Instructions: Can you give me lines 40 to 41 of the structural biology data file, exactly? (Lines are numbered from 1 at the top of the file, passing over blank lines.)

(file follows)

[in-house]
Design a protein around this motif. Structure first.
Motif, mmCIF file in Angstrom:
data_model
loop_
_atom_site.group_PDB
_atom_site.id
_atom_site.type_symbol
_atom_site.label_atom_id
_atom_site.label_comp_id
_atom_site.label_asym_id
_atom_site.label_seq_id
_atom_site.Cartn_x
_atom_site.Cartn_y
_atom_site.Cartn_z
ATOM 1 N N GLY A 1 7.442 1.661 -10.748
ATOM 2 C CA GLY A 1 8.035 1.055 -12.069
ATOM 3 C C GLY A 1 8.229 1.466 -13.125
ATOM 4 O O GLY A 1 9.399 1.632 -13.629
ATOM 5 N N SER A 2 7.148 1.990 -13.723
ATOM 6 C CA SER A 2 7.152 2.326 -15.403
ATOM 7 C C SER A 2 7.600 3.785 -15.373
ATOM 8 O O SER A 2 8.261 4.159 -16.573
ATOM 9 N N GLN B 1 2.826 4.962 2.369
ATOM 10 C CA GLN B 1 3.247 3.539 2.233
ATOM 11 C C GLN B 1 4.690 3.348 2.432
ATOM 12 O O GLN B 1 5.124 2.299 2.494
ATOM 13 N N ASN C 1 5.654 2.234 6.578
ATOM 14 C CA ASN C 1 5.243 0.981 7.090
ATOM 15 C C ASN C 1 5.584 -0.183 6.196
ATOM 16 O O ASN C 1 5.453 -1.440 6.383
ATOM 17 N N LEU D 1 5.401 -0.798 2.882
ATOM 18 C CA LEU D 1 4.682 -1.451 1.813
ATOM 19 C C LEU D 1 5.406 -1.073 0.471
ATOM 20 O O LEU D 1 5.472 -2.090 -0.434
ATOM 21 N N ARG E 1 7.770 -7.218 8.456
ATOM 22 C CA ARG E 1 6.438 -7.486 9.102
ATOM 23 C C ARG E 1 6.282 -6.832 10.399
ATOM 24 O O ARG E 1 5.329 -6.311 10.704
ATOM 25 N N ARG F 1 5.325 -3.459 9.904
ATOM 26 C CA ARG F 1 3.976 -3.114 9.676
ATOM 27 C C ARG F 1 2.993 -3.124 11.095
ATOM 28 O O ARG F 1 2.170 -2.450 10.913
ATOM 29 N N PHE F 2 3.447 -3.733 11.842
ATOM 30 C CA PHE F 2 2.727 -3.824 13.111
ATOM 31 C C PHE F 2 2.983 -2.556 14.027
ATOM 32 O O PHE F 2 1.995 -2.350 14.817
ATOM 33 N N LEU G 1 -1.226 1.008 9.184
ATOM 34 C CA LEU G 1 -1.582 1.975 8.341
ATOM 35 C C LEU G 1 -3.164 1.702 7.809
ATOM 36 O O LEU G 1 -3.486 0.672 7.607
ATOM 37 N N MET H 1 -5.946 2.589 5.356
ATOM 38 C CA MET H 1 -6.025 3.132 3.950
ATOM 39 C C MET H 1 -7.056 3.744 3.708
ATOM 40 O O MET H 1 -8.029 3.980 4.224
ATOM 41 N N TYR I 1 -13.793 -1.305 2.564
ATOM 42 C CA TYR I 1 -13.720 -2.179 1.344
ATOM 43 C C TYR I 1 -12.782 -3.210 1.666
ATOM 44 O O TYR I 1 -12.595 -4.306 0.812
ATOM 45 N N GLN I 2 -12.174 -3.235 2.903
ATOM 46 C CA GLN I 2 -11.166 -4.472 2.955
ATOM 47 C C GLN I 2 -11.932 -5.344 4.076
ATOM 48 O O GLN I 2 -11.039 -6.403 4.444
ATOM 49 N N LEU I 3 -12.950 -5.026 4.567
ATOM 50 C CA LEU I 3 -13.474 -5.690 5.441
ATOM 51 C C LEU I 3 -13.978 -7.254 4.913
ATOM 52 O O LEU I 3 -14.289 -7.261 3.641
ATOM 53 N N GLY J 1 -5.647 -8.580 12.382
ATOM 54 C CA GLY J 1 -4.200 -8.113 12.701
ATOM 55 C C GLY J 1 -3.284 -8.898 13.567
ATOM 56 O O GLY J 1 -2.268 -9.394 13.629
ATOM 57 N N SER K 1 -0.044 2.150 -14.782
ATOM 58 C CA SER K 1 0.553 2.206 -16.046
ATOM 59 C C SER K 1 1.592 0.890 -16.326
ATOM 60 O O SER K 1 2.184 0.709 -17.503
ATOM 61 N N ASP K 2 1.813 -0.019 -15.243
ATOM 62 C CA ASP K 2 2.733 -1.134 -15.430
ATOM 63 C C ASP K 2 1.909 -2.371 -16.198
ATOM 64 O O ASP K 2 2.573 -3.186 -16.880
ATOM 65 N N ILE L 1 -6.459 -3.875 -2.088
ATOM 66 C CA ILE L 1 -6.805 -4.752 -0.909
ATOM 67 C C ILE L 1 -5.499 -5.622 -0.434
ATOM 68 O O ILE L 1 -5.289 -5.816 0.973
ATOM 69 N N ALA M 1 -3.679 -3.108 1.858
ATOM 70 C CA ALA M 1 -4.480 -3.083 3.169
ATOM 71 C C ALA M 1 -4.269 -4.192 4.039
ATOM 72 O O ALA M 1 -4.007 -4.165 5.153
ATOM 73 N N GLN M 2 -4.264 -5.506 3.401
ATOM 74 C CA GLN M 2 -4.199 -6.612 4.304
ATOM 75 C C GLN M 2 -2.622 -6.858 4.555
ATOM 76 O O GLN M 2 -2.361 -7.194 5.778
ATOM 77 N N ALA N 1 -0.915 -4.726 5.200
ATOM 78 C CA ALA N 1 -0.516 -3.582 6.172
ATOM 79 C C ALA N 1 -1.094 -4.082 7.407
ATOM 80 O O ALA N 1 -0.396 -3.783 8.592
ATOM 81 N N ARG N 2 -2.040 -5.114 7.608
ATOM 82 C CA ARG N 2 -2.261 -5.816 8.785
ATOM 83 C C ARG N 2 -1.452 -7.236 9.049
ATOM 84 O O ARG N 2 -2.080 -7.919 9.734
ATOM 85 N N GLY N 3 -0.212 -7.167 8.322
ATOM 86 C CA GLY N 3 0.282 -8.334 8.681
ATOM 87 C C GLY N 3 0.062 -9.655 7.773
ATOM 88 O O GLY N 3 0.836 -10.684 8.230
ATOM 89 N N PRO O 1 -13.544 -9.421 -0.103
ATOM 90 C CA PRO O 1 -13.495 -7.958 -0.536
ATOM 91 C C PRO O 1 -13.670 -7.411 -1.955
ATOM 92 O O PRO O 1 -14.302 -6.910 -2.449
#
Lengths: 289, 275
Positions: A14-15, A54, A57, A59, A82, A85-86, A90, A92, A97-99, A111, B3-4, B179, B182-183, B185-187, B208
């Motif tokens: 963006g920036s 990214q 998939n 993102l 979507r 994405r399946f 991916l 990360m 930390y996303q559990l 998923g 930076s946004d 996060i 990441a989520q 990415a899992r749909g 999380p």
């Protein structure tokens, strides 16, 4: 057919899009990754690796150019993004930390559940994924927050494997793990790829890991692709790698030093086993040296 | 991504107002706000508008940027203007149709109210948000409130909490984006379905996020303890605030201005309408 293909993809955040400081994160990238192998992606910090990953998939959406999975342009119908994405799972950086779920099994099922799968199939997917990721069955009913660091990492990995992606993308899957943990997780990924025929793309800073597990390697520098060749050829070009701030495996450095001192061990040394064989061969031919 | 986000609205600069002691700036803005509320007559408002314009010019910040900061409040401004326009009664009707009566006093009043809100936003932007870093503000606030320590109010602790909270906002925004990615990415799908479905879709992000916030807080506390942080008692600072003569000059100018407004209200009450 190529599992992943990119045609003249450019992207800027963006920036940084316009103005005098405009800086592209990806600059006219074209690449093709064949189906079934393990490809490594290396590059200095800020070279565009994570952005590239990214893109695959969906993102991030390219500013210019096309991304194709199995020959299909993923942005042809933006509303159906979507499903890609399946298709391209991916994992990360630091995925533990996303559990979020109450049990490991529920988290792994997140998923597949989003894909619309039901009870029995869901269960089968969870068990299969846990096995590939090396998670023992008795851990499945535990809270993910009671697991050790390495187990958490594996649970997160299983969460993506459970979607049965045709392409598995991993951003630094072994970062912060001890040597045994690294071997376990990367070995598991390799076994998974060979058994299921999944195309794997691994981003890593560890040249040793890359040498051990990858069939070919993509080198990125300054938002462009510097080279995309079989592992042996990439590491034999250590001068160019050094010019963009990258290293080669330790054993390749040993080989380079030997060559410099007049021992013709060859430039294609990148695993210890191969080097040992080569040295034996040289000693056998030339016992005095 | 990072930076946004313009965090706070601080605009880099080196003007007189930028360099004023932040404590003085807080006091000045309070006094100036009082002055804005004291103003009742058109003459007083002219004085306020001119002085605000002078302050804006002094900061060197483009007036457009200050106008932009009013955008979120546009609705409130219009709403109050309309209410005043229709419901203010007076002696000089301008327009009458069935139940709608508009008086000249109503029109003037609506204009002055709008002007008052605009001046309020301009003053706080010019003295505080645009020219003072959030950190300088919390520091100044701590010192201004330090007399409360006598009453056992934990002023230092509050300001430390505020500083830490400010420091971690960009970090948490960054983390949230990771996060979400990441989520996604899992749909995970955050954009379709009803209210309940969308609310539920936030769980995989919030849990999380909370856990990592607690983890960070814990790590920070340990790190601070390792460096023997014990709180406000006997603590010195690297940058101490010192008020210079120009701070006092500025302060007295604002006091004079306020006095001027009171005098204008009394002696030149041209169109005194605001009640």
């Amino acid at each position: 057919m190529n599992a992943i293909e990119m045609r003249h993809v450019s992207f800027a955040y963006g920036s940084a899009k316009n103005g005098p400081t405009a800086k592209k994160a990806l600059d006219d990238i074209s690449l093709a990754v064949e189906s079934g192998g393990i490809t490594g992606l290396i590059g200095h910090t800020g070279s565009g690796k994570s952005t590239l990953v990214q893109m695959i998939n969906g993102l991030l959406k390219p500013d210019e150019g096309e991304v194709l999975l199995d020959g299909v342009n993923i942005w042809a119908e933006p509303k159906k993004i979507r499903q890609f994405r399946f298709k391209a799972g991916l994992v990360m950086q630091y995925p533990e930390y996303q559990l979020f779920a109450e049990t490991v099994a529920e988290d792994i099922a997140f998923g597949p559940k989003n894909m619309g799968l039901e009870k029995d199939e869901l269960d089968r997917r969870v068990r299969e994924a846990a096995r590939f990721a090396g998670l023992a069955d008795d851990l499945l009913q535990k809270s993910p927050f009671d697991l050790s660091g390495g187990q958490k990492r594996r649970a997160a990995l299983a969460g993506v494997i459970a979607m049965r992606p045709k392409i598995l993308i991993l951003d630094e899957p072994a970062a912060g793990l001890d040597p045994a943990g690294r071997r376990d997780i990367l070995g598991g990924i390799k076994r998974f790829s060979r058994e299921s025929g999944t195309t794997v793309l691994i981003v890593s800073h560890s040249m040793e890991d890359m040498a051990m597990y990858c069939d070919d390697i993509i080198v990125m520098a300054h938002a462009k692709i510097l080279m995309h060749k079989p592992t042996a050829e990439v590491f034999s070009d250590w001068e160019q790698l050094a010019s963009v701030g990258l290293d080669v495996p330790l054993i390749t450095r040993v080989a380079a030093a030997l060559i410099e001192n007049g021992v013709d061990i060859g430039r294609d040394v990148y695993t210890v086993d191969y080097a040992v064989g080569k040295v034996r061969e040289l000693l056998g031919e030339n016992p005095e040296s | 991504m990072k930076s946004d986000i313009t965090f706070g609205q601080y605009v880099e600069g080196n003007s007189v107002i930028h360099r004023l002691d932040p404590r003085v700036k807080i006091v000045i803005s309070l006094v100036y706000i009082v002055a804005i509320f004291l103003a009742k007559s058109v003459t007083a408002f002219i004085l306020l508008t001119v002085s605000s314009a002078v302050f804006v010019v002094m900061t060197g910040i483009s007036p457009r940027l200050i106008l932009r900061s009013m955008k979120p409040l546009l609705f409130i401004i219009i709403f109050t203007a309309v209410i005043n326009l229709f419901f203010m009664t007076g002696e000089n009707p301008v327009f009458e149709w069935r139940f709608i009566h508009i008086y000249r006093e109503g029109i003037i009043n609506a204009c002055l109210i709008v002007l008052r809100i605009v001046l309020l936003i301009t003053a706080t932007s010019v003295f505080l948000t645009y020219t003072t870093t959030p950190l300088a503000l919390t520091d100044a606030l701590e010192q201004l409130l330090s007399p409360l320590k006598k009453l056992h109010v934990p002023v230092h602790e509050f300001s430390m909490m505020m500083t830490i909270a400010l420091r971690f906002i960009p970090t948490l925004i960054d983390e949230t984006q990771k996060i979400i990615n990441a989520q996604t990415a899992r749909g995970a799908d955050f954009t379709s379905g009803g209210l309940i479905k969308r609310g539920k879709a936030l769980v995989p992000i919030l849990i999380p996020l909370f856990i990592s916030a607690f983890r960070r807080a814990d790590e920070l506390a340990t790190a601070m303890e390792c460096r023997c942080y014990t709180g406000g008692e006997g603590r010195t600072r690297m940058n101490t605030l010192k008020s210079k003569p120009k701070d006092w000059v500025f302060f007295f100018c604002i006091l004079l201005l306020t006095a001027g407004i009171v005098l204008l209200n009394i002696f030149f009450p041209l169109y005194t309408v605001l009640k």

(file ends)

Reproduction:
ATOM 25 N N ARG F 1 5.325 -3.459 9.904
ATOM 26 C CA ARG F 1 3.976 -3.114 9.676